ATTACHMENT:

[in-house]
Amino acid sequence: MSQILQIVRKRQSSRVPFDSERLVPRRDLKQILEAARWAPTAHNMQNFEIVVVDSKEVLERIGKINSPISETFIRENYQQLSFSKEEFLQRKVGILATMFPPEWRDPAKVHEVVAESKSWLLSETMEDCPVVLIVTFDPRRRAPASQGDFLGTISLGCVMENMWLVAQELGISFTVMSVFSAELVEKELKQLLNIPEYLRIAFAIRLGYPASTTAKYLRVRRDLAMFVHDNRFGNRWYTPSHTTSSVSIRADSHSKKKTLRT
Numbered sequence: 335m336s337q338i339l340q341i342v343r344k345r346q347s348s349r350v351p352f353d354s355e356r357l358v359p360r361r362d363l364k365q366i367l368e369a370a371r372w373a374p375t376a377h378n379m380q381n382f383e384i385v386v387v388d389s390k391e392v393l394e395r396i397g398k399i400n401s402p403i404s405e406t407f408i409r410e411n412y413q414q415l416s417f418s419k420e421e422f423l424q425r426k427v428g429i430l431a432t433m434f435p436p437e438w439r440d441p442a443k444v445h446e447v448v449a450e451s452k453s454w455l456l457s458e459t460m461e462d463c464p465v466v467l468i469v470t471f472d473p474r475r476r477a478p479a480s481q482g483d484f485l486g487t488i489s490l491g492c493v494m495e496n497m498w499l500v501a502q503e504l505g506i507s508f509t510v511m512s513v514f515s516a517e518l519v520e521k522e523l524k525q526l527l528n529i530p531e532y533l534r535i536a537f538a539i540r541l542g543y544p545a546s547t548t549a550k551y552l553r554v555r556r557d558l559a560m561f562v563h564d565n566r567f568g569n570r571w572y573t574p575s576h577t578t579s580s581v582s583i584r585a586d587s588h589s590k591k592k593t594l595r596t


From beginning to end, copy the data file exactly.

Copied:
[in-house]
Amino acid sequence: MSQILQIVRKRQSSRVPFDSERLVPRRDLKQILEAARWAPTAHNMQNFEIVVVDSKEVLERIGKINSPISETFIRENYQQLSFSKEEFLQRKVGILATMFPPEWRDPAKVHEVVAESKSWLLSETMEDCPVVLIVTFDPRRRAPASQGDFLGTISLGCVMENMWLVAQELGISFTVMSVFSAELVEKELKQLLNIPEYLRIAFAIRLGYPASTTAKYLRVRRDLAMFVHDNRFGNRWYTPSHTTSSVSIRADSHSKKKTLRT
Numbered sequence: 335m336s337q338i339l340q341i342v343r344k345r346q347s348s349r350v351p352f353d354s355e356r357l358v359p360r361r362d363l364k365q366i367l368e369a370a371r372w373a374p375t376a377h378n379m380q381n382f383e384i385v386v387v388d389s390k391e392v393l394e395r396i397g398k399i400n401s402p403i404s405e406t407f408i409r410e411n412y413q414q415l416s417f418s419k420e421e422f423l424q425r426k427v428g429i430l431a432t433m434f435p436p437e438w439r440d441p442a443k444v445h446e447v448v449a450e451s452k453s454w455l456l457s458e459t460m461e462d463c464p465v466v467l468i469v470t471f472d473p474r475r476r477a478p479a480s481q482g483d484f485l486g487t488i489s490l491g492c493v494m495e496n497m498w499l500v501a502q503e504l505g506i507s508f509t510v511m512s513v514f515s516a517e518l519v520e521k522e523l524k525q526l527l528n529i530p531e532y533l534r535i536a537f538a539i540r541l542g543y544p545a546s547t548t549a550k551y552l553r554v555r556r557d558l559a560m561f562v563h564d565n566r567f568g569n570r571w572y573t574p575s576h577t578t579s580s581v582s583i584r585a586d587s588h589s590k591k592k593t594l595r596t